Connect Your Story to Their Needs

5 minutes

You’re reading an excerpt of Ask Me This Instead: Flip the Interview to Land Your Dream Job, a book by Kendra Haberkorn. This powerful work is written by a veteran recruiter for job-seekers who want to find their dream job—not just the next job. Purchase the book to support the author and the ad-free Holloway reading experience. You get instant digital access, worksheets and a question database, commentary and future updates, and a high-quality PDF download.

One of the reasons I recommend taking the storytelling approach to updating your resume is that it helps you think about your journey and accomplishments in a new light. When confronted with a blank document, the pressure to put the “right” examples down is real and there is a tendency to fall into self-doubt. This can result in bullets that are bland (when you’re writing something to fill space) or even untruthful (when you don’t think a particular bullet is strong enough so you modify the details to sound more impressive). Then, because many people write resumes in isolation without feedback from those who worked with them or know them well in a professional capacity, resumes often fail to capture the reader’s attention—and that’s the entire point! Recruiters and hiring teams want to connect dots quickly between candidates and their role. Think about what they are looking for and how you can specifically and clearly connect your experience to their needs.

important If time and capacity were unlimited, resumes should be customized to a specific company and role. Because that level of tailoring often requires more time than you have available, consider developing one or two versions, each emphasizing a unique angle on a potential company’s needs. For example, you might be open to manager and individual contributor roles. Consider framing one resume about management and leadership, going deep into your ability to get results through others via coaching, delegation and feedback. For the other version, you could focus on the depth of your expertise, technical or functional accomplishments, and examples of your ability to collaborate.

Or, let’s say you are applying to a Fortune 500 company and a Series A startup. For the Fortune 500 company, you might choose to include more information about your cross-functional talents, project management capabilities, and communication skills. For the version you’d submit to the startup, you’d highlight examples of your flexibility and resilience, when you delivered results under pressure, and your ability to take on new and diverse challenges.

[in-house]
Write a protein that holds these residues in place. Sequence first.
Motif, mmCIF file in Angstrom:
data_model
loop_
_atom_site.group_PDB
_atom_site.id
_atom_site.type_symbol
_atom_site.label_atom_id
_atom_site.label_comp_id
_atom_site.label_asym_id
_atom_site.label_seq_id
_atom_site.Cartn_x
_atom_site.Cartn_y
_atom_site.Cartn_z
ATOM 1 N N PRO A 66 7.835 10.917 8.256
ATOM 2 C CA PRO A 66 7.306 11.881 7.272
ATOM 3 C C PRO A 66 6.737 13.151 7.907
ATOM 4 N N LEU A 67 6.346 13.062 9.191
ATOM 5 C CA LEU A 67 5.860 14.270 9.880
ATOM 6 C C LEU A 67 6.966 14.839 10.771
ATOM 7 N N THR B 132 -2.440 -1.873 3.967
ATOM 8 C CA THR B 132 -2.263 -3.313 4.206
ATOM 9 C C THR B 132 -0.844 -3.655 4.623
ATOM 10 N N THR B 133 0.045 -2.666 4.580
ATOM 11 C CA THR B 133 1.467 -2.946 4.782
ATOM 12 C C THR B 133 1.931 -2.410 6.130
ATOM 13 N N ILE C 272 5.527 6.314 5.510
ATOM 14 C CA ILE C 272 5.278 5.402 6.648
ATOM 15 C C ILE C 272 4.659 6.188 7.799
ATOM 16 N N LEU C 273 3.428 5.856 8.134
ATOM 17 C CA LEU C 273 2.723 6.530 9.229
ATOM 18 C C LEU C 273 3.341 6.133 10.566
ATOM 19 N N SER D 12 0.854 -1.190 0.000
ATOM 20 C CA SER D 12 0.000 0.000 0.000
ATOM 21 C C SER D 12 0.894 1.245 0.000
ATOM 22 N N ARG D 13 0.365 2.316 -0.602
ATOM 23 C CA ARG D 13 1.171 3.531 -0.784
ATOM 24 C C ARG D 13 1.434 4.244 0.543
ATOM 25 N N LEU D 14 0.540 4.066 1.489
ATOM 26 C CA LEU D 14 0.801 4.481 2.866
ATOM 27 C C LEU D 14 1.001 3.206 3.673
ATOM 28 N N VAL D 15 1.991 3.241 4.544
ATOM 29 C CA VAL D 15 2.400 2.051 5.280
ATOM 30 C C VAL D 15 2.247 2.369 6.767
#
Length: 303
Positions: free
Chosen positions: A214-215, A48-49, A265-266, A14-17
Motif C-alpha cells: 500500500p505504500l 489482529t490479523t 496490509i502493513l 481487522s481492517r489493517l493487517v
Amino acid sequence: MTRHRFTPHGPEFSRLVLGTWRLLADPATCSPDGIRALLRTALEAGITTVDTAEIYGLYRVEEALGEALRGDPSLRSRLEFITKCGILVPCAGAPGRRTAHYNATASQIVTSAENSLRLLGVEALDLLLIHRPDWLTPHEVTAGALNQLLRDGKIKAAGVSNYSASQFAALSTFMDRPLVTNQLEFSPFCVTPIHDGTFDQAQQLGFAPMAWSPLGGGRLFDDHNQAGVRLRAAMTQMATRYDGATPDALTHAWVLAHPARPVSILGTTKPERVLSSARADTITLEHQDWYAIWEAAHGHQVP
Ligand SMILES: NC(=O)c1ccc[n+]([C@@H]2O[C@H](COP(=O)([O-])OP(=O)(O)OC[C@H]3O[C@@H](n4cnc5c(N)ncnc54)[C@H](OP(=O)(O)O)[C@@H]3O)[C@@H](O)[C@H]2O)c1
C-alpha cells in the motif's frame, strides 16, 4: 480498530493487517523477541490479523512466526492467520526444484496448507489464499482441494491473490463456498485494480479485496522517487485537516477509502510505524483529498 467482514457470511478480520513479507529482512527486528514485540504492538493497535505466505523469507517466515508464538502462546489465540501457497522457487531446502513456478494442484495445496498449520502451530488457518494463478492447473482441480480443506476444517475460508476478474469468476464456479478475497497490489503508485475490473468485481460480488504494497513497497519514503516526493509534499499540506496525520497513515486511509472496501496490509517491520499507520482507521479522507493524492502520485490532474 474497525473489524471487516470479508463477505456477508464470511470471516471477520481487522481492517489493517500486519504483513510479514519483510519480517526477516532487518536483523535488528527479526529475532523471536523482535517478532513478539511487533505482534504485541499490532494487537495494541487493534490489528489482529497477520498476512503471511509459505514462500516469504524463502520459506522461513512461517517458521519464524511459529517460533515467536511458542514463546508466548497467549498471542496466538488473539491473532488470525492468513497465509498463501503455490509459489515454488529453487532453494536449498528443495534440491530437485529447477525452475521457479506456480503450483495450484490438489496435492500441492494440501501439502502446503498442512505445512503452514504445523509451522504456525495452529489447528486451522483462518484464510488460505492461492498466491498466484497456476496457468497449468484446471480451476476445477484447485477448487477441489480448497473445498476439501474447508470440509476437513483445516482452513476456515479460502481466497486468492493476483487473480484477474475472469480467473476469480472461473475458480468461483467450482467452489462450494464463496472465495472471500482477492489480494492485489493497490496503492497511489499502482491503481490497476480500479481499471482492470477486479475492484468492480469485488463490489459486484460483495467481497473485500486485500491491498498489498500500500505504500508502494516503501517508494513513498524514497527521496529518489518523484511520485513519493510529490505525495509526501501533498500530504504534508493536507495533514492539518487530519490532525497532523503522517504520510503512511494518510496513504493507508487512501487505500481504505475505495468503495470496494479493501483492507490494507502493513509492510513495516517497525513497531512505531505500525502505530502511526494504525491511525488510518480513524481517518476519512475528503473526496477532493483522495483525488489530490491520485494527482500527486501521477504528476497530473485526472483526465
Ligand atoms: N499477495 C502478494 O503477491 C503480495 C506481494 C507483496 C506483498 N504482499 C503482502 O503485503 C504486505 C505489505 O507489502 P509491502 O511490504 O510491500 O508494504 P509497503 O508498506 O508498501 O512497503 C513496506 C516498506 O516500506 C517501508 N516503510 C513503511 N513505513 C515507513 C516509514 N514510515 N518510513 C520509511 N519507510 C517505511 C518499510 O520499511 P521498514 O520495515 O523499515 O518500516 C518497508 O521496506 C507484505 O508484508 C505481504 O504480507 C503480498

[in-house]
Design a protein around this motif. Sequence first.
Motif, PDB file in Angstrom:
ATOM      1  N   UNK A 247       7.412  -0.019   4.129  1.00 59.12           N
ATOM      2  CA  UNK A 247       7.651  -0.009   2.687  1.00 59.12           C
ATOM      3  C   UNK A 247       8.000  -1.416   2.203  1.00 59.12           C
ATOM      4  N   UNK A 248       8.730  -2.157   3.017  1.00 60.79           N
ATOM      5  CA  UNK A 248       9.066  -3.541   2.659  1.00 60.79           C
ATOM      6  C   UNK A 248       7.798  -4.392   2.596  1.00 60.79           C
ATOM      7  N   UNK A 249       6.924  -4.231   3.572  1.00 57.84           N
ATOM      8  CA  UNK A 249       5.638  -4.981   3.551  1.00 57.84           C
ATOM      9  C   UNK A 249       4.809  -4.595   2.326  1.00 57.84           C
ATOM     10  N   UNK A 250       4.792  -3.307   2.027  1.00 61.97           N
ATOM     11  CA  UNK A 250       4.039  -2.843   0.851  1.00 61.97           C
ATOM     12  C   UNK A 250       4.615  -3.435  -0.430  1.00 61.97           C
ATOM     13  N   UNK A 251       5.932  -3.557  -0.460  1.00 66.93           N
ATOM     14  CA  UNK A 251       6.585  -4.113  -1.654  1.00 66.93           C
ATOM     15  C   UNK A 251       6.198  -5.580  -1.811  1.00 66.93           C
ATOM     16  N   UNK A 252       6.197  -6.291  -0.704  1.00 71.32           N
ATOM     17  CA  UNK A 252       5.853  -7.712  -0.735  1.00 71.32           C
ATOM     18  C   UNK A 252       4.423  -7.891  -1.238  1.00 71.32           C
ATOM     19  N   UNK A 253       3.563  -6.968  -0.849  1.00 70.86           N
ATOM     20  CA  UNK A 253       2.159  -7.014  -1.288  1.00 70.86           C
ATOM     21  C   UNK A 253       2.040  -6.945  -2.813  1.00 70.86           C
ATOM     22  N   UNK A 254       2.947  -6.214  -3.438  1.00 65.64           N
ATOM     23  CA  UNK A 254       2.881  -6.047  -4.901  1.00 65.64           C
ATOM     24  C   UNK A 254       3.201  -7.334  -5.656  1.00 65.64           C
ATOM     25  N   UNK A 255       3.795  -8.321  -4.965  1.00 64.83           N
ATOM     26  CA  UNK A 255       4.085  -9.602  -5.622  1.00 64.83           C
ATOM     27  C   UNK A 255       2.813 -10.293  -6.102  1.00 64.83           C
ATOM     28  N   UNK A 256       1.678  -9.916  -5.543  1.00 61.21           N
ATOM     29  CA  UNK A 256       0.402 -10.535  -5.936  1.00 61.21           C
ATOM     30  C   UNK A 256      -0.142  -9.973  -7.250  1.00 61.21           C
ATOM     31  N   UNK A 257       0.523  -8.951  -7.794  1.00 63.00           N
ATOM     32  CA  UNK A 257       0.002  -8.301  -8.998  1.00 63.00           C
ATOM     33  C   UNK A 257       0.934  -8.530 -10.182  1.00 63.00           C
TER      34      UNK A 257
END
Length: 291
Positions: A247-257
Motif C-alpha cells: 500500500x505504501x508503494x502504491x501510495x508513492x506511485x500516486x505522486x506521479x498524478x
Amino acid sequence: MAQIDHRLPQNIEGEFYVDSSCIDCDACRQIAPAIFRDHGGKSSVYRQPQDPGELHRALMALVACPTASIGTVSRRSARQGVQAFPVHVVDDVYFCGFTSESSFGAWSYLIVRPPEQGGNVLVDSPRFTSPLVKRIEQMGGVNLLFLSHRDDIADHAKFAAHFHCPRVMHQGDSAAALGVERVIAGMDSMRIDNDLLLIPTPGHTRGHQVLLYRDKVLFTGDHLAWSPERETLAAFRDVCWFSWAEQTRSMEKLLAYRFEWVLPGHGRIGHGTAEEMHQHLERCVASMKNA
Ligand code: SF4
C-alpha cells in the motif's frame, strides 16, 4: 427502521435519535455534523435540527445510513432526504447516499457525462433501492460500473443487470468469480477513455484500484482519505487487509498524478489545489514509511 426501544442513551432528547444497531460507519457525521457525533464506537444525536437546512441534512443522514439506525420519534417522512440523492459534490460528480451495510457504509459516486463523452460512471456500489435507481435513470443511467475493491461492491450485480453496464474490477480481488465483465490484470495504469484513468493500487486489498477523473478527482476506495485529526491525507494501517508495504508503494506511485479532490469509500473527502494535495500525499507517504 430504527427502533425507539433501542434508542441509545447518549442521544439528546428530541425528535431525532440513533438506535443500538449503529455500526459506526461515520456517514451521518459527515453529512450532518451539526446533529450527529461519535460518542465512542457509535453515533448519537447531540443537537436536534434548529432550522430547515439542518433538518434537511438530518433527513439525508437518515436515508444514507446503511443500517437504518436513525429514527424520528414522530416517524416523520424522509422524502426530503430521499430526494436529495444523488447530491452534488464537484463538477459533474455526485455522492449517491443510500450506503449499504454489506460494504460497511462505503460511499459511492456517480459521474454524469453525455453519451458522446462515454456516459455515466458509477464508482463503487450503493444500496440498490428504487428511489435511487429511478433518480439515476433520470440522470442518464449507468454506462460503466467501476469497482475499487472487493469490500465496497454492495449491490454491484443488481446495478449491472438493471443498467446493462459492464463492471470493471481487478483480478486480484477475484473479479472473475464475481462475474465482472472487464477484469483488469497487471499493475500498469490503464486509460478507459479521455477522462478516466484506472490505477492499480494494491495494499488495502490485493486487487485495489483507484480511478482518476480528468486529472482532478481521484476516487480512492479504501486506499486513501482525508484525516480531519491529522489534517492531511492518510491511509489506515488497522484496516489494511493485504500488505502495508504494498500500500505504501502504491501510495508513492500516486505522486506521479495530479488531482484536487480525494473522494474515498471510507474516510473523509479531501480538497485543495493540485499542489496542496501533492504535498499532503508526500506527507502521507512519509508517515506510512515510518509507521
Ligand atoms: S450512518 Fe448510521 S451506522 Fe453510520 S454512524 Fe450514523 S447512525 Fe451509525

As you review job descriptions and begin to think about how your experience either directly or indirectly contributes to your ability to fulfill the different roles, remember it’s rare for anyone to have a line for line match with a job description’s “requirements”—do not let this deter you. For example:

  • If the role you’re pursuing has different goals than what your prior experience can speak to, take the chance to highlight the “how” more than the “what.” Include details on the way you approached setting a goal and breaking down the milestones, along with indicators of how you tracked and measured success.

  • If there is a new system or technology required that you don’t have experience with, share details about similar technologies or your experience learning a new tool to get results.

  • If the role is a management position and you’ve never led a team, incorporate information about your experience mentoring colleagues, leadership experience outside of work (in academic or volunteer contexts), or examples of when you made decisions or delegated work as a peer or project manager.

  • If the role has an expanded scope over a workstream or team that you have not led before, reference your cross-functional collaboration, shared initiatives, or instances where you influenced the work product or outcomes for that function.

When you are connecting your experience with the responsibilities and requirements listed in job descriptions, make sure you expand your brainstorming. Your experience in academic programs or community organizations could demonstrate the skills needed. It’s also a good time to reflect on feedback you’ve received. There, you might rediscover insights about learning and growth that are transferable. It is critical in these instances to give specific examples of curiosity, learning, impact or expertise that you believe is indicative of your ability to take on the responsibilities of this role. Simply saying you have a growth mindset or are a life-long learner is not enough! Take the opportunity to show the hiring team what you have to offer rather than just telling them.

Activity: Translate Your Story Into a Compelling Resume

Find the activity in this Google Doc!

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